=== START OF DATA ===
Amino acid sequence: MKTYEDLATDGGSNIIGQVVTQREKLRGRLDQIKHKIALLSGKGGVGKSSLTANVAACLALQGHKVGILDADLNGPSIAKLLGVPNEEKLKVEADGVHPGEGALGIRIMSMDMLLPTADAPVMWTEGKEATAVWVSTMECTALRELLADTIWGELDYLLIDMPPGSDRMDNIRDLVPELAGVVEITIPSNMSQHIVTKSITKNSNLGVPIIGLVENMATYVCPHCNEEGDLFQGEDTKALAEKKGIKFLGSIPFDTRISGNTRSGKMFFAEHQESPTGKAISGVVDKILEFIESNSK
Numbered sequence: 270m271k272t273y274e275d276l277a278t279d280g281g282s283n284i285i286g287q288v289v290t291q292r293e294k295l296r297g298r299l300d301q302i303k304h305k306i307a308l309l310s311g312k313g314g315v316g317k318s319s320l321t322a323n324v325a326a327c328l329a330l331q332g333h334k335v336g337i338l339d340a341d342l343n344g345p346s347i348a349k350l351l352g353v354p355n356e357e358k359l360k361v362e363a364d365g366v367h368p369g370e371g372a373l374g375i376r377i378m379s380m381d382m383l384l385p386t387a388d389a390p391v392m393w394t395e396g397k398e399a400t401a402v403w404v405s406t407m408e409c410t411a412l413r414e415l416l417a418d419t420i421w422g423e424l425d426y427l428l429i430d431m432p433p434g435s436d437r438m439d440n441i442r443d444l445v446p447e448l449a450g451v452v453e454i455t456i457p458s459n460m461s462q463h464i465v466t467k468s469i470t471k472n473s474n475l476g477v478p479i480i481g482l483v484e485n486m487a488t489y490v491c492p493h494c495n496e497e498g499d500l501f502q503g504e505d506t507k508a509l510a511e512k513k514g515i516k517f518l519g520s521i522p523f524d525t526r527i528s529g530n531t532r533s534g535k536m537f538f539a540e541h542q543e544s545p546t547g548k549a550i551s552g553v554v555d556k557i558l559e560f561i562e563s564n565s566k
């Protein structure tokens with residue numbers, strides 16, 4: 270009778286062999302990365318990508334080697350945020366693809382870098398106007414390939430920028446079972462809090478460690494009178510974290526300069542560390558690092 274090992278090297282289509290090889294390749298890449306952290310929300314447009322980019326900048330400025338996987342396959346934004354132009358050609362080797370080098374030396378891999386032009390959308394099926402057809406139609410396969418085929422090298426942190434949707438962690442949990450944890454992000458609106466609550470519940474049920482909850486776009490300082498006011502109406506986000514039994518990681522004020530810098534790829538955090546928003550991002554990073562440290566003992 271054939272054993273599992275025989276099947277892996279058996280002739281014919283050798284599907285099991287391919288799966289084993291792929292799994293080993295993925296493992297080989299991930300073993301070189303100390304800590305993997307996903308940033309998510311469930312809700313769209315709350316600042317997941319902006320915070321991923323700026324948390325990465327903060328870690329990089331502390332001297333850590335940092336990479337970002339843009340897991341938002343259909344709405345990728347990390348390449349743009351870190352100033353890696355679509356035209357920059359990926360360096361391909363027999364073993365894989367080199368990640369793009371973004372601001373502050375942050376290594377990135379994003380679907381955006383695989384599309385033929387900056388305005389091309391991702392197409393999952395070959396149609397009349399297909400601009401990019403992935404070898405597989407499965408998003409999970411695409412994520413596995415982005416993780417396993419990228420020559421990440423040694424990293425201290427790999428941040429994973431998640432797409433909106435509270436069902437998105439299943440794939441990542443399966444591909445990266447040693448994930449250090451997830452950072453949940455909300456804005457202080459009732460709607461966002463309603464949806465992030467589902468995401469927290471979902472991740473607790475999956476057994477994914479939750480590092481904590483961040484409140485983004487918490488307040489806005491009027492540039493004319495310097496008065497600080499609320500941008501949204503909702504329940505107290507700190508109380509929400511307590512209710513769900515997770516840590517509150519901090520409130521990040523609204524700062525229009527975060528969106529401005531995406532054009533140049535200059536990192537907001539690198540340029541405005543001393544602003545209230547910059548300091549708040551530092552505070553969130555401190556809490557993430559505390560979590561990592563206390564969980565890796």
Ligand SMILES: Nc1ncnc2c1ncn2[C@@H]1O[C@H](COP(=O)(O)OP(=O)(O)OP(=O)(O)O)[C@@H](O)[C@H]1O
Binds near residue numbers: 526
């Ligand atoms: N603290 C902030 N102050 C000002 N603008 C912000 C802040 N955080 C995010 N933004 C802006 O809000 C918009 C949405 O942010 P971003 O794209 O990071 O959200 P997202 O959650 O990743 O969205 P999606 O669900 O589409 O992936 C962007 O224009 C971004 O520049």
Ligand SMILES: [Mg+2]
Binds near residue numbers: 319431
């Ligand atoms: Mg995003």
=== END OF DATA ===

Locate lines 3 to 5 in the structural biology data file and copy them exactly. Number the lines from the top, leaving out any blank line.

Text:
């Protein structure tokens with residue numbers, strides 16, 4: 270009778286062999302990365318990508334080697350945020366693809382870098398106007414390939430920028446079972462809090478460690494009178510974290526300069542560390558690092 274090992278090297282289509290090889294390749298890449306952290310929300314447009322980019326900048330400025338996987342396959346934004354132009358050609362080797370080098374030396378891999386032009390959308394099926402057809406139609410396969418085929422090298426942190434949707438962690442949990450944890454992000458609106466609550470519940474049920482909850486776009490300082498006011502109406506986000514039994518990681522004020530810098534790829538955090546928003550991002554990073562440290566003992 271054939272054993273599992275025989276099947277892996279058996280002739281014919283050798284599907285099991287391919288799966289084993291792929292799994293080993295993925296493992297080989299991930300073993301070189303100390304800590305993997307996903308940033309998510311469930312809700313769209315709350316600042317997941319902006320915070321991923323700026324948390325990465327903060328870690329990089331502390332001297333850590335940092336990479337970002339843009340897991341938002343259909344709405345990728347990390348390449349743009351870190352100033353890696355679509356035209357920059359990926360360096361391909363027999364073993365894989367080199368990640369793009371973004372601001373502050375942050376290594377990135379994003380679907381955006383695989384599309385033929387900056388305005389091309391991702392197409393999952395070959396149609397009349399297909400601009401990019403992935404070898405597989407499965408998003409999970411695409412994520413596995415982005416993780417396993419990228420020559421990440423040694424990293425201290427790999428941040429994973431998640432797409433909106435509270436069902437998105439299943440794939441990542443399966444591909445990266447040693448994930449250090451997830452950072453949940455909300456804005457202080459009732460709607461966002463309603464949806465992030467589902468995401469927290471979902472991740473607790475999956476057994477994914479939750480590092481904590483961040484409140485983004487918490488307040489806005491009027492540039493004319495310097496008065497600080499609320500941008501949204503909702504329940505107290507700190508109380509929400511307590512209710513769900515997770516840590517509150519901090520409130521990040523609204524700062525229009527975060528969106529401005531995406532054009533140049535200059536990192537907001539690198540340029541405005543001393544602003545209230547910059548300091549708040551530092552505070553969130555401190556809490557993430559505390560979590561990592563206390564969980565890796």
Ligand SMILES: Nc1ncnc2c1ncn2[C@@H]1O[C@H](COP(=O)(O)OP(=O)(O)OP(=O)(O)O)[C@@H](O)[C@H]1O
Binds near residue numbers: 526